Vos Defends $53,000 Salary Despite the Fact Legislature Hasn’t Met in Seven Months

Robin Vos, Tyler August, Jim Steineke



By Jonathon Sadowski

November 23, 2020

The state’s most powerful Republican also says “it’s way too early to tell” if President-elect Joe Biden won the election, which he won.

Assembly Speaker Robin Vos on Sunday claimed the Legislature has “been dealing with an awful lot” this year, even though it has not met in more than seven months to address historic crises like the coronavirus pandemic and mass protests for racial justice.

Vos made the comments in a weekend appearance on WKOW’s Capital City Sunday, two days after he spoke with Gov. Tony Evers for the first time in about six months to discuss possible state action to slow the pandemic. 

The Legislature under Vos (R-Rochester) and Senate Majority Leader Scott Fitzgerald (R-Juneau) last passed a bill on April 15, when it almost unanimously approved the state’s first and only coronavirus relief package. Since then, Vos and Fitzgerald have sued Evers at every turn as he tries to unilaterally fight the pandemic in the absence of legislative assistance, and Wisconsin has become one of the nation’s worst COVID-19 hotspots.

Capital City Sunday host Emilee Fannon asked Vos if legislators still deserve their full-time annual salary of about $53,000 despite having not passed a bill since April 15.

“Well, yeah,” Vos said. “Because don’t forget, we’ve been dealing with an awful lot.”

Since COVID-19 hit, Wisconsin’s legislature has been the least active full-time legislature in the nation, according to an October review by WisPolitics.

When Vos and Fitzgerald sued to overturn Evers’ Safer at Home order, they claimed they wanted to work with Evers to develop a statewide approach to fighting COVID-19. No such proposal ever materialized, and Vos held a press conference last week at the Capitol to announce the Legislature still had not drafted a bill.

Vos on Sunday grew defensive when asked about the inaction. He pointed to his task force on racial disparities that he formed rather than taking up Democrat-proposed bills to tackle police reform, saying it’s not realistic to expect lawmakers to quickly address big problems.

“The idea that we are going to be able to just find simple solutions to very complex, long-term problems isn’t really fair,” Vos said. 

Fannon also asked Vos if he felt responsible for the state of the pandemic in Wisconsin. The Assembly speaker responded, “Of course not.”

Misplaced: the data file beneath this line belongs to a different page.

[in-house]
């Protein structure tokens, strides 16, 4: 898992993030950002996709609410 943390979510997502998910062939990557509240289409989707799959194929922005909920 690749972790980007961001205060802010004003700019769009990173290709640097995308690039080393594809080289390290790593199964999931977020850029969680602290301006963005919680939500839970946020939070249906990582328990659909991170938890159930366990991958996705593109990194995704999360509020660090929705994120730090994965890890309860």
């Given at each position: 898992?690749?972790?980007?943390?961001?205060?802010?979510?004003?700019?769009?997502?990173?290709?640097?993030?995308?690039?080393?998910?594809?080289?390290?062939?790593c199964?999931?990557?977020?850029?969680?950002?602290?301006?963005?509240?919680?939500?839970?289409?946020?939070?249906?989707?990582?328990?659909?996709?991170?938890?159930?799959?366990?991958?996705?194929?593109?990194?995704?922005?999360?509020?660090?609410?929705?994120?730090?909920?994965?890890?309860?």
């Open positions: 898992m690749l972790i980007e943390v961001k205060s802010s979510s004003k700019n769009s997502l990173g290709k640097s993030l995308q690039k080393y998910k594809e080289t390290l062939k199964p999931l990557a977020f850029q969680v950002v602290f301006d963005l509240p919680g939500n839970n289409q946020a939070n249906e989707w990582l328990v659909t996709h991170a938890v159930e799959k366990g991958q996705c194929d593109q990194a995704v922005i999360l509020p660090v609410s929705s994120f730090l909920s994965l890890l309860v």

He blamed “mainstream media” for “finger-pointing” before going on to point his finger at Evers and his fellow Democrats.

“The Democrats spent tens of millions of dollars lying about our record, somehow implying we didn’t care about COVID,” Vos said. “That’s a bold-faced lie. That’s why we passed one of the first bills in the entire country empowering Gov. Evers to act. In some ways he did, and in many other ways he has fallen significantly behind our neighbors.”

The Assembly speaker, who is the state’s top Republican, also said he “can’t answer for every Republican” when asked whether Republicans’ messaging against government-imposed COVID safeguards has contributed to the spread.

“I can only talk about what I think is right,” Vos said. “And that’s why I’ve encouraged people as strongly as I can to make sure that they wear a mask when appropriate, that they socially distance, and they try to avoid social gatherings.”

Vos’ chief of staff was among the group of Wisconsin Republican staffers and lawmakers who contracted COVID-19 after attending a staffer’s retirement party, according to the Milwaukee Journal Sentinel.

In the days following the Nov. 3 presidential election, Vos was one of numerous Republicans at a local, state, and federal level who raised baseless concerns about non-existent “irregularities” with the election. He cited this conspiracy when he ordered an investigation by the Assembly Committee on Campaigns in a transparent attempt to sow doubt over election results.

On Sunday, Vos had still not accepted the fact President-elect Joe Biden won the election. Biden carried Wisconsin by about 20,500 votes and nationally is projected to win 306 electoral votes to President Donald Trump’s 232.

“It’s way too early to tell,” Vos said of the election that had been called two weeks prior.

Vos admitted it’s unlikely the Assembly investigation or the recount of Milwaukee and Dane counties will hand Wisconsin’s 10 electoral votes to Trump. Even if the state somehow flipped, Biden would still have 26 more electoral votes than the 270 needed to win.




Local News

Related Stories
Share This